that in a l l of these representations o f this toy, th e spindle is
held upri g h t and skill in w h i r l i n g the "mill-wheels" r a t h e r than
in l e t t i n g th© n u t travel up and down the string* s e e m s to be the
g
i m p o r t a n t thing.
G o c k and T e i r l i n c k
o t h e r v a r i a t i o n s of t h e i r "Driinoot":
In th © " E o s m e u l e n ” type,
d e s c r i b e and s k e t c h two
"toujour" and "Rosmsulen. ”
which has an apple or p o t a t o on the
s p i n d l e instead of the flywheels,
the nu t is h e l d i n on© hand
(with the spin d l e erect) and the string or wire is w o r k e d w i t h
th© other.
T h a t Is e x a c t l y w h a t B r u e g e l ’s b o y appe a r s to be d o ­
i n g a l t h o u g h the 3pindle i n his t o y has flywheels on it, not a n
appl© or potato.
used,
It seems evident, then,
that w h e n flywheels are
the toy can b e operated either way, w i t h the spin d l e held
u p r i g h t or in a h o r i z o n t a l position.
the spindle*
?*ith & pot a t o on on© end of
th© to y w o u l d n o t operate w i t h the sx>indle In a
h o r i z o n t a l position.
Th© "Drilnoot" w h i c h is allowed to tr a v e l up and dow n th©
s t r i n g is s i m i l a r i n principle to th© ”y o - y o , M u s e d b y children
here.
Sebs t e r d e s c r i b e s th© " y o - y o ” as follows:
A sph e r i c a l top
a t t a c h e d to th e operator's finger b y a cord lo o p e d a r o u n d its
g r o o v e d middle.
B y r u n n i n g the top up a n d d o w n the cord, It may,
•3
be m a d © to assume various d i v e r t i n g m o t i o n s an d p o s i t i o n s .
7 .
)
Behind the stand Is a b o y b l o w i n g a o & p b u b b l e s .
no t see wha t k i n d
of a p i p © or tubs h e Is using,
On© c a n ­
but i n hi s r i g h t
hand he h a s a peculiar u t e n s i l upon w h i c h h e seems to b© h o l d i n g
1
D r o s t , pp. 116 f.
2
Coc k en Teirlinck, Vol.
VI* p. 201.
3
W e b s t e r ' s hew i n t e rnational D i c t i o n a r y of th© E n g l i s h
La n g u a g e (2d ed», u n a b r i d g e d ), 1939.
Reproduced with permission of the copyright owner. Further reproduction prohibited without permission.
7 -)
a bubble.
Drost
1
u n d e r "Bellen blazon" says that Boost sixteenth,
c e n t u r y re p r e s e n t a t i o n s or soap b u b b l e blo w e r s show the child
h o l d i n g in h is h a n d a small round b o w l on a s t e m or u p r i g h t h a n ­
dle.
This b o w l contains the soap water.
(c a . 1580}
also . **
Borekt's
"Spelende hpen"
shows a n a pe h o l d i n g a b u b b l e on one of these d e v i c e s
C o c k and T e i r l i n c k ^ d e s c r i b e this pastime' u n d e r the h e a d ­
i n g "iZeepbel," a nd give some t w enty oth e r n a m e s for it, used in
d i f f e r e n t dis t r i c t s o f Holland.
A m o n g these are Gats'sA. (1625)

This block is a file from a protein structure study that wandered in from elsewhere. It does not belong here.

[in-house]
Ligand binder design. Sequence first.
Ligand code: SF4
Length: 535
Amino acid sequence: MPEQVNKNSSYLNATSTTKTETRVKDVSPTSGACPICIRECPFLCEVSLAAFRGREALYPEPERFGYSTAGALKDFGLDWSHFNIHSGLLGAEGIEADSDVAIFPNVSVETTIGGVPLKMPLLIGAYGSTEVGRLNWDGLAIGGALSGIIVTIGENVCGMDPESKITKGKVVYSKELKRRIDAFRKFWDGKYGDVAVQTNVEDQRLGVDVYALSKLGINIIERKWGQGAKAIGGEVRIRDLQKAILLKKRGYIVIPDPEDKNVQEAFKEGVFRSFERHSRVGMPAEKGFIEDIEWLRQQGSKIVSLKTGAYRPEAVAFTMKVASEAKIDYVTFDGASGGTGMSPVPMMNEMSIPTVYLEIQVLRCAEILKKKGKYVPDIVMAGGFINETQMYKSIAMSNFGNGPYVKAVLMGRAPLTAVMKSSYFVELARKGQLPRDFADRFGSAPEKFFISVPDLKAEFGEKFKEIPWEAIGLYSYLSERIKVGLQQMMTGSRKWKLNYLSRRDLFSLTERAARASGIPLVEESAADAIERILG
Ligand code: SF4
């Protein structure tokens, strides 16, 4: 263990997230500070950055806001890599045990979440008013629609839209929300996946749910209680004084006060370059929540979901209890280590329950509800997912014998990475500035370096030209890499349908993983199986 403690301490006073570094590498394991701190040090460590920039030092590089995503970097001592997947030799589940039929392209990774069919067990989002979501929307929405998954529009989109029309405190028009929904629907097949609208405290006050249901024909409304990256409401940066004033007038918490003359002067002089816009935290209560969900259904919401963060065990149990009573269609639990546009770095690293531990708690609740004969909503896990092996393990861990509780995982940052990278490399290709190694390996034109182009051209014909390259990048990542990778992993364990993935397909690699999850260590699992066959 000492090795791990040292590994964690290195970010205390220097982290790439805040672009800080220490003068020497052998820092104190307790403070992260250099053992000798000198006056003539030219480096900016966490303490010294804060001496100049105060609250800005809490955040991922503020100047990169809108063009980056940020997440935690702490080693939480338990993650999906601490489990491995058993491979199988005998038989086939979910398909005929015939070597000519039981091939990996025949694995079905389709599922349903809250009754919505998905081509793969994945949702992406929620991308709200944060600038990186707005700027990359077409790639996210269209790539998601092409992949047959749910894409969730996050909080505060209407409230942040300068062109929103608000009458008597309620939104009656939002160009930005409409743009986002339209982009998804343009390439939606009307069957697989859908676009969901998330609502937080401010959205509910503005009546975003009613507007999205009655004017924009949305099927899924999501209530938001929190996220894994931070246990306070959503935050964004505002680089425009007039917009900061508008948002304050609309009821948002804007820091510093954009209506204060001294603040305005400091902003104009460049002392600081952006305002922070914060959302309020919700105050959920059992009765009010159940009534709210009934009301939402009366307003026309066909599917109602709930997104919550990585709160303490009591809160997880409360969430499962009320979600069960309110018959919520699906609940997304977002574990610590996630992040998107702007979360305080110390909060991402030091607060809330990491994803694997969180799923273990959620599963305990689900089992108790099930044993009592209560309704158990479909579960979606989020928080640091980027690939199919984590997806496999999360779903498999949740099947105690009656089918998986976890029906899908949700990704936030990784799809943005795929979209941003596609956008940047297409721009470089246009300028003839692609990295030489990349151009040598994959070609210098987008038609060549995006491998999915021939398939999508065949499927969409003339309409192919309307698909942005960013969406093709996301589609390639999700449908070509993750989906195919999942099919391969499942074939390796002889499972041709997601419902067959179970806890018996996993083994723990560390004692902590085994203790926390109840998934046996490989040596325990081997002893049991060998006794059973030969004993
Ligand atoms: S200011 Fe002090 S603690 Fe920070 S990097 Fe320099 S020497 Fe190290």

“Bobbels bl&zsn" a n d C a l o m ,s (1626) " B o b b e l e n . " BShx&e gives
Ammon's** term,
"Blatern blas©n"
(1657).
8 .)
llhe b o y w h o is b l o w i n g bub b l e s as w e l l a 3 the b o y on his
r i g h t w h o is p l a y i n g w i t h & bird, are w e a r i n g tall c o n e - shaped
hats w h i c h s e e m to be m a d e of twigs o r reeds.
tills i m p r o v i s e d h a t on his b a r e head,
One is w e a r i n g
the other, over his cloth
hat.
C o c k a nd T e i r l i n c k d e s c r i b e and i l l u s t r a t e s u c h a r e e d hat
u n d e r "Hoed v a n b i e z o n " ; 0
Fi r s t a ring, t h e size o f one's h e a d
is m a d e of a thin os i e r twigj rushes a re w o u n d about this r i n g
a nd then long reeds are a t t a c h e d to it and t i e d t o g e t h e r at the
top.
peak.
iis an ornament, & b u n c h o f m e a d o w flowers is p l a c e d on the
Bruegel's
"Blnsenh&te"
answer this d e s c r i p t i o n in eve r y
d e t a i l e x cept that they, l a c k the fl o w e r s on the peak.
9. j
T he h o y w h o is w e a r i n g b o t h h i s o r d i n a r y hat and the
p e a k e d reed, hat is p l a y i n g w i t h a b i r d on the table b e f o r e him.
T h e b i r d seems quite tame a n d i 3 not b e i n g h e l d b y a n y v i s i b l e
means.
however, the r e is so m e t h i n g l y i n g near the boy's h a n d
w h i c h m i g h t b e a l i ttle h arness of th© kind C o c k en T e i r l i n c k
"^Drost, pp.
1 44 f.
*^Drost, fig. 3.
•5
Cock en Teirlinck, Vol. V, pp.
233 f f .
p . -432, Mo. 35.
J. L. Afnmenn (the s p e l l i n g u s e d b y C o c k a n d Teirlinck,
Vol. 1, p. 43)., and Conrad M e y e r u s e d m u c h m a t e r i a l f r o m Gats's
B o u w e l i e k (1625) in their "Michtige h i n d e r s p i e l s ” t26 gamesJ,
Zurich, 1657.
6 0ock
7
e n Teirllnek, Vol. VI, p. 182.
Balding*s G e r m a n name f o r the s e hats, p. 61.
R eproduced with permission of the copyright owner. Further reproduction prohibited without permission.
15
9 .)
describe.